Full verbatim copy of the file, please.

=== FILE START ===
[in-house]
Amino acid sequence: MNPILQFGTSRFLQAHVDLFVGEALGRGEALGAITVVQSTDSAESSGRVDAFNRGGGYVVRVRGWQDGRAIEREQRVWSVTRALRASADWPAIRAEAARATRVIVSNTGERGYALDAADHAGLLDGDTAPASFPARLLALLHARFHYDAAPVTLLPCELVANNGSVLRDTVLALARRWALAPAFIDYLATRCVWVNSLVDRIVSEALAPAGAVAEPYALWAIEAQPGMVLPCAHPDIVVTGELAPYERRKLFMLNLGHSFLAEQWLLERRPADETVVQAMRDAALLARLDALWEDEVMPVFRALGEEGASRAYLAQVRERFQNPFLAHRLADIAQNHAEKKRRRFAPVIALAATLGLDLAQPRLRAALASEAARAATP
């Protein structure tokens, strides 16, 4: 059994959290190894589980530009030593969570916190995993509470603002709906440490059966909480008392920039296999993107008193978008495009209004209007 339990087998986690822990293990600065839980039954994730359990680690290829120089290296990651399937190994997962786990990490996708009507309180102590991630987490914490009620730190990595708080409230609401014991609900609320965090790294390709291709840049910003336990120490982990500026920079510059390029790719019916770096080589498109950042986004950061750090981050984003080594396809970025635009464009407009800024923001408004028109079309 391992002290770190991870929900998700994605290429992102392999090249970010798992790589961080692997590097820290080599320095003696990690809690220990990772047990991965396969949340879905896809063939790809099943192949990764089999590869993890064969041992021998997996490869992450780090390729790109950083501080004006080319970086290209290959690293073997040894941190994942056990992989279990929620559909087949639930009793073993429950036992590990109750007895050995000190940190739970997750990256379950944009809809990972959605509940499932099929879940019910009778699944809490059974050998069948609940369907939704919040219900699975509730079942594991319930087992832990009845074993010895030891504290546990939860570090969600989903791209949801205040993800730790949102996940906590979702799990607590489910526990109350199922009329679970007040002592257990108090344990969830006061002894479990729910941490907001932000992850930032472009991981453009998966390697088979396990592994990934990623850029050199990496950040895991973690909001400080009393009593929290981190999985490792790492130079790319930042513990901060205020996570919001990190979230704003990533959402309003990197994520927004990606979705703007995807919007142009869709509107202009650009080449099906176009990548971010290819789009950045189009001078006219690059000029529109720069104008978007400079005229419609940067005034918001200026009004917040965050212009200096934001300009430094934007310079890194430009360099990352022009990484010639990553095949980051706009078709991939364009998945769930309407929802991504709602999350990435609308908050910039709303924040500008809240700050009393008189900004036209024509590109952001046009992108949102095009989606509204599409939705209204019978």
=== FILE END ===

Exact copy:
[in-house]
Amino acid sequence: MNPILQFGTSRFLQAHVDLFVGEALGRGEALGAITVVQSTDSAESSGRVDAFNRGGGYVVRVRGWQDGRAIEREQRVWSVTRALRASADWPAIRAEAARATRVIVSNTGERGYALDAADHAGLLDGDTAPASFPARLLALLHARFHYDAAPVTLLPCELVANNGSVLRDTVLALARRWALAPAFIDYLATRCVWVNSLVDRIVSEALAPAGAVAEPYALWAIEAQPGMVLPCAHPDIVVTGELAPYERRKLFMLNLGHSFLAEQWLLERRPADETVVQAMRDAALLARLDALWEDEVMPVFRALGEEGASRAYLAQVRERFQNPFLAHRLADIAQNHAEKKRRRFAPVIALAATLGLDLAQPRLRAALASEAARAATP
């Protein structure tokens, strides 16, 4: 059994959290190894589980530009030593969570916190995993509470603002709906440490059966909480008392920039296999993107008193978008495009209004209007 339990087998986690822990293990600065839980039954994730359990680690290829120089290296990651399937190994997962786990990490996708009507309180102590991630987490914490009620730190990595708080409230609401014991609900609320965090790294390709291709840049910003336990120490982990500026920079510059390029790719019916770096080589498109950042986004950061750090981050984003080594396809970025635009464009407009800024923001408004028109079309 391992002290770190991870929900998700994605290429992102392999090249970010798992790589961080692997590097820290080599320095003696990690809690220990990772047990991965396969949340879905896809063939790809099943192949990764089999590869993890064969041992021998997996490869992450780090390729790109950083501080004006080319970086290209290959690293073997040894941190994942056990992989279990929620559909087949639930009793073993429950036992590990109750007895050995000190940190739970997750990256379950944009809809990972959605509940499932099929879940019910009778699944809490059974050998069948609940369907939704919040219900699975509730079942594991319930087992832990009845074993010895030891504290546990939860570090969600989903791209949801205040993800730790949102996940906590979702799990607590489910526990109350199922009329679970007040002592257990108090344990969830006061002894479990729910941490907001932000992850930032472009991981453009998966390697088979396990592994990934990623850029050199990496950040895991973690909001400080009393009593929290981190999985490792790492130079790319930042513990901060205020996570919001990190979230704003990533959402309003990197994520927004990606979705703007995807919007142009869709509107202009650009080449099906176009990548971010290819789009950045189009001078006219690059000029529109720069104008978007400079005229419609940067005034918001200026009004917040965050212009200096934001300009430094934007310079890194430009360099990352022009990484010639990553095949980051706009078709991939364009998945769930309407929802991504709602999350990435609308908050910039709303924040500008809240700050009393008189900004036209024509590109952001046009992108949102095009989606509204599409939705209204019978």